To Europeans playing the “I hate expats!” card, I will pointedly look towards history and colonialism And leave a very pregnant pause…

 

Speaking English in the Netherlands

The prevalence of speaking English that comes with the influx of expats has also been touted as something that natives hate. We’re constantly told to learn some basic phrases and that people will appreciate it. And we are trying; trust me, we are. But when the only thing you can say is “Dank je wel”, that starts to wear a bit thin.

I speak English but I still love stroopwafels and will continue to buy them and thus support and foster a love for your traditional foods! We can still exist and communicate- I will say “Dank je wel” and you will probably reply “You’re welcome”- because that’s how we learn and we grow and we live together as different people who speak different languages but still manage to communicate.

Personally, I am a keen student of Dutch but not every expat is. It’s a shame when you decide not to take the opportunity to learn a new language despite living in the country but I suppose B*Witched said it best: “C’est la vie!”.

 

Housing in the Netherlands

People blame problems (housing prices, crime, traffic) on expats and foreigners but what makes us think that those problems would not be prevalent in the society that allowed no foreigners? Over-population alone would lead to all of those problems; whether that’s over-population of natives or non-natives within your country.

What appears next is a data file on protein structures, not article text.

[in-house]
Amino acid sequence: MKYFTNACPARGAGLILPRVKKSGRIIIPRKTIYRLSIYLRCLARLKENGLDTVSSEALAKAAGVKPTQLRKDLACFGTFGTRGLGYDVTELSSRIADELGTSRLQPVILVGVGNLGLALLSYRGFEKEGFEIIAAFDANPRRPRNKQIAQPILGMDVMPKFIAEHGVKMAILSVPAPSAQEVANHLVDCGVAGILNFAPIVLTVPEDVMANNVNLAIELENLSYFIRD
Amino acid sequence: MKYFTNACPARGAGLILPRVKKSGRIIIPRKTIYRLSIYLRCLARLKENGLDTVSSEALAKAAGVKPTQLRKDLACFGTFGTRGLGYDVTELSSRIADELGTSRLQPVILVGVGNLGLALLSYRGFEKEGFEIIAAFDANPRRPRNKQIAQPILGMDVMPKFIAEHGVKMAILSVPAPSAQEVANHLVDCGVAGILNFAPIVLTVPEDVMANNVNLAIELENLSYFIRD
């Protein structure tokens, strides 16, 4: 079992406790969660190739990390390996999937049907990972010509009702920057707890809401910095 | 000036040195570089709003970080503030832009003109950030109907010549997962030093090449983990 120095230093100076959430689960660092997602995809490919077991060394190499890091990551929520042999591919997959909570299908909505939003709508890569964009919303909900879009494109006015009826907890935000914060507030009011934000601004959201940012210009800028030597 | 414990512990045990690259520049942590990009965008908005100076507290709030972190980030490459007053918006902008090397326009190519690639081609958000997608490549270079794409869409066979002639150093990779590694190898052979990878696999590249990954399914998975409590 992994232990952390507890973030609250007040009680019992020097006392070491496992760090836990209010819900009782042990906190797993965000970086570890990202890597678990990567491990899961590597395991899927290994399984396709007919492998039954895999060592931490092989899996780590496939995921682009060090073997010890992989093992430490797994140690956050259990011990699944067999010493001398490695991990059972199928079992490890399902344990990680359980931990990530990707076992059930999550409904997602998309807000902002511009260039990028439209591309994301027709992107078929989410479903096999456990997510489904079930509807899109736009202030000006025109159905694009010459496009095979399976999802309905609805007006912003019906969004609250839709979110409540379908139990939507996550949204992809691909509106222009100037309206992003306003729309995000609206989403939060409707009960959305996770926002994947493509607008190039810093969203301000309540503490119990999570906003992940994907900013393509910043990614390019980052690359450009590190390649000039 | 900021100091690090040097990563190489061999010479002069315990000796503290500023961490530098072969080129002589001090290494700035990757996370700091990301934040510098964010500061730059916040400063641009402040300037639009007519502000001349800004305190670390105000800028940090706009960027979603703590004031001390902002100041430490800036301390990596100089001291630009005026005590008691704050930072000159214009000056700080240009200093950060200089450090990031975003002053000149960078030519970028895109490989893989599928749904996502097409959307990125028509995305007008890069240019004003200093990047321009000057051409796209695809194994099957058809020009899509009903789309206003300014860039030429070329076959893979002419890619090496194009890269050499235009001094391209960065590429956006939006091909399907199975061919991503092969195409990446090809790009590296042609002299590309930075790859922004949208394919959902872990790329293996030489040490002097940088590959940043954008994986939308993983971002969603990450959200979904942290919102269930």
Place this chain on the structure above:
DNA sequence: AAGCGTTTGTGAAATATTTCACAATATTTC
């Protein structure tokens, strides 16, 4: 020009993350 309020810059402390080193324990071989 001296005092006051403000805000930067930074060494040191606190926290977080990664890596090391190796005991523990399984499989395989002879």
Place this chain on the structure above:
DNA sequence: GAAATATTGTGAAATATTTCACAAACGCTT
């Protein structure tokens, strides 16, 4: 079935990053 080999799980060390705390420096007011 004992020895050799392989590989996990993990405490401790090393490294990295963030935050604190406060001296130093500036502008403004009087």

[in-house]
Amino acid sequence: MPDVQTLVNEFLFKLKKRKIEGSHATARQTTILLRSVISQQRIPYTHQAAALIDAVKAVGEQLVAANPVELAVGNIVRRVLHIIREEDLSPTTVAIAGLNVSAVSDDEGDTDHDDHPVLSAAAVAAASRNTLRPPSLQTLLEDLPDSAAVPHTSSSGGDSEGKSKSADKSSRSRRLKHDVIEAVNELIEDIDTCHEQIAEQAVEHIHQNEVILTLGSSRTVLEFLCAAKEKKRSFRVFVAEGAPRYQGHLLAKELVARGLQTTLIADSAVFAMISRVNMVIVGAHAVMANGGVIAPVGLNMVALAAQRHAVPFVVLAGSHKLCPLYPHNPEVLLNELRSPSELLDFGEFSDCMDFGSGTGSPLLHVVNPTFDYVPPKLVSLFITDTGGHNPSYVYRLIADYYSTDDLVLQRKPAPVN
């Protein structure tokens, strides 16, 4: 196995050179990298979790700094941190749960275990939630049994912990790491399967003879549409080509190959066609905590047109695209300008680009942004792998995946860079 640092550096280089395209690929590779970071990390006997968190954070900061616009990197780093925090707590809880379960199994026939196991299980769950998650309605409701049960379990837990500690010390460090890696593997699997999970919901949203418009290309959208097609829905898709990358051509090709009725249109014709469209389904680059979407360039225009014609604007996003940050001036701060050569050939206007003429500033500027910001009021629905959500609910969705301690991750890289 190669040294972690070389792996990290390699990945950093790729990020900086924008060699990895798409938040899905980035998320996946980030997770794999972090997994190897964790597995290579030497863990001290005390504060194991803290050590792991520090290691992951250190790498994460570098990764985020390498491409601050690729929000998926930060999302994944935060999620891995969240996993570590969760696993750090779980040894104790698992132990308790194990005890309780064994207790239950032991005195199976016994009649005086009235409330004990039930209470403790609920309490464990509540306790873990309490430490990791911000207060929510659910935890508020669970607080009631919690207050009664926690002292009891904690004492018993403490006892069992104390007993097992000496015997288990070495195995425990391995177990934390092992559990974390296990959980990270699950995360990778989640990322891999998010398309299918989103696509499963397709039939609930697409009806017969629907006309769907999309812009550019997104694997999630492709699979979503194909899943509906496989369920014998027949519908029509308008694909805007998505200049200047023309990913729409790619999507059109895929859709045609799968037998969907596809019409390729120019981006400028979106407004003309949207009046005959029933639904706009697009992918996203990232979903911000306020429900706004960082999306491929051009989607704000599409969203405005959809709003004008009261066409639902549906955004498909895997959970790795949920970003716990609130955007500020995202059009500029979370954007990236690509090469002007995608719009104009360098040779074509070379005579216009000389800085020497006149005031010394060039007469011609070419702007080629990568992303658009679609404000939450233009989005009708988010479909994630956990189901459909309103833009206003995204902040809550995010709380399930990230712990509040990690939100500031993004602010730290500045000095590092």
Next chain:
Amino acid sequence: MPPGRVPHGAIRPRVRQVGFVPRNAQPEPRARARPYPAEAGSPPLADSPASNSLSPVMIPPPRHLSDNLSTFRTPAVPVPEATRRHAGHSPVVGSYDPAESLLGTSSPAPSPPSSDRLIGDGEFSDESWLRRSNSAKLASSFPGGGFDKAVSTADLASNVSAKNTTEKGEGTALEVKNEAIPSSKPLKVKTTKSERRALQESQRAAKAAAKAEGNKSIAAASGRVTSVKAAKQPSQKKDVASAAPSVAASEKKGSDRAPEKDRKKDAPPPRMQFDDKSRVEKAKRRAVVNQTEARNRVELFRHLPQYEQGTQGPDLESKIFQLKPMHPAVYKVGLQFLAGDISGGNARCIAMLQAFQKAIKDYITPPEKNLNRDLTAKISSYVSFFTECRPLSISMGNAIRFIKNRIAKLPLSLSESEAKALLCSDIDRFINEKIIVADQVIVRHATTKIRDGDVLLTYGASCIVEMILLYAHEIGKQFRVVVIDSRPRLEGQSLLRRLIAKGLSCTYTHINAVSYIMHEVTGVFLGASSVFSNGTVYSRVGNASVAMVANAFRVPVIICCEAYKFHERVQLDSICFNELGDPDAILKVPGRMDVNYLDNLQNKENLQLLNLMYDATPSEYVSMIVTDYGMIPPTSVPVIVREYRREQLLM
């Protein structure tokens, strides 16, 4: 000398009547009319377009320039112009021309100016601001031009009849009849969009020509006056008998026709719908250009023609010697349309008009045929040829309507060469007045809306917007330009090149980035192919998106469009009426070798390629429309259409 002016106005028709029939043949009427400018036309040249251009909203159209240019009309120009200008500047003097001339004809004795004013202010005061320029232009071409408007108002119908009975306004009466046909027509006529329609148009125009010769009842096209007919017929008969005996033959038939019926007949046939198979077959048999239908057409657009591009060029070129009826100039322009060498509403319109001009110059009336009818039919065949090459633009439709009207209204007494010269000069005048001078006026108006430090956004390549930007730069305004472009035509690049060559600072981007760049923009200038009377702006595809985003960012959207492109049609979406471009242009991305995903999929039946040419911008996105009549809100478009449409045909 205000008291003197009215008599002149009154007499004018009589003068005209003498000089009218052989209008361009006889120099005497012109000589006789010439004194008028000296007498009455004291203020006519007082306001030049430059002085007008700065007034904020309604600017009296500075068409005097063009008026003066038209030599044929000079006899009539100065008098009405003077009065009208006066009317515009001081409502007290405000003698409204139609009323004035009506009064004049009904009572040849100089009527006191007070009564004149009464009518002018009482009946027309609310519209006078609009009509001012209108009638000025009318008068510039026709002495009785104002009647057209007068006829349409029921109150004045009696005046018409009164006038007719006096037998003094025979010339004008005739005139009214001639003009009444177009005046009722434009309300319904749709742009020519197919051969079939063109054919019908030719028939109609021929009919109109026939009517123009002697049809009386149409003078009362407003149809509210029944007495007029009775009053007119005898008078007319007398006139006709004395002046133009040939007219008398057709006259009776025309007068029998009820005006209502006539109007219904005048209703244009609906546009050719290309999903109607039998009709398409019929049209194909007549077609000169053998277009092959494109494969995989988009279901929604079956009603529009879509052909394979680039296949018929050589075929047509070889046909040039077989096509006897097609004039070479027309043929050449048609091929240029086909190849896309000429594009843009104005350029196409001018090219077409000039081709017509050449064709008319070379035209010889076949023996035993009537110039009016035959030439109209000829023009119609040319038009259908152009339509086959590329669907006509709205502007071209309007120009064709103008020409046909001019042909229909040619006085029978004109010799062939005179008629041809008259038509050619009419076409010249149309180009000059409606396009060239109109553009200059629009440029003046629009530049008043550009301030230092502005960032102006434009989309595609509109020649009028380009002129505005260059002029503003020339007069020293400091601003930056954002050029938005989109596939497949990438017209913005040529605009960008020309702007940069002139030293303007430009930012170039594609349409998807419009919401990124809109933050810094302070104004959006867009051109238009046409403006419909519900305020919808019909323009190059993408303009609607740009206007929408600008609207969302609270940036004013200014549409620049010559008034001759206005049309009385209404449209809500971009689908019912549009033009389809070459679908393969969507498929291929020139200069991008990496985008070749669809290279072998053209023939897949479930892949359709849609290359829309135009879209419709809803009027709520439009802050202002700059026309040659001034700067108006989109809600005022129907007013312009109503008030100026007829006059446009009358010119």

Perhaps the assumption is that expats are just coming here to enjoy the spoils of the country and make things harder for its local residents. But, have you considered how hard it is to be an expat? To leave your base; your friends, your family. To acclimatize to customs and traditions; to the new language. And to do something basic like a grocery shop (refer to an earlier article) or buy a house in a very different foreign country. Not everyone moves voluntarily! We can never presume to know what people have truly gone through in their lives, so why would we presume that we should all be the same, sound the same and speak the same?

Why not relish the fact that you get to walk down the street and hear so many different accents on a regular basis? Or that you have access to so many different points of views, world outlooks; so many unique idioms and phrases that translate in weird and wacky ways. So many opportunities to throw a festival or a party; to encourage and support different people.

This article isn’t about creating division and sparking arguments about why people are justified to hate on foreigners coming in. This article is here to remind you that we are essentially all expats in some way or another; we’re all semi-outsiders or tourists in some part of the world. I know this article won’t be well received by some, but hopefully, it will resonate with most. My overarching hope is that we can all eat that cake filled with rainbows and smiles… and be happy!

What are your thoughts on expats and tourists in the Netherlands? Are you also a fan of the movie “Mean Girls” (who isn’t?!). Leave your thoughts in the comments below!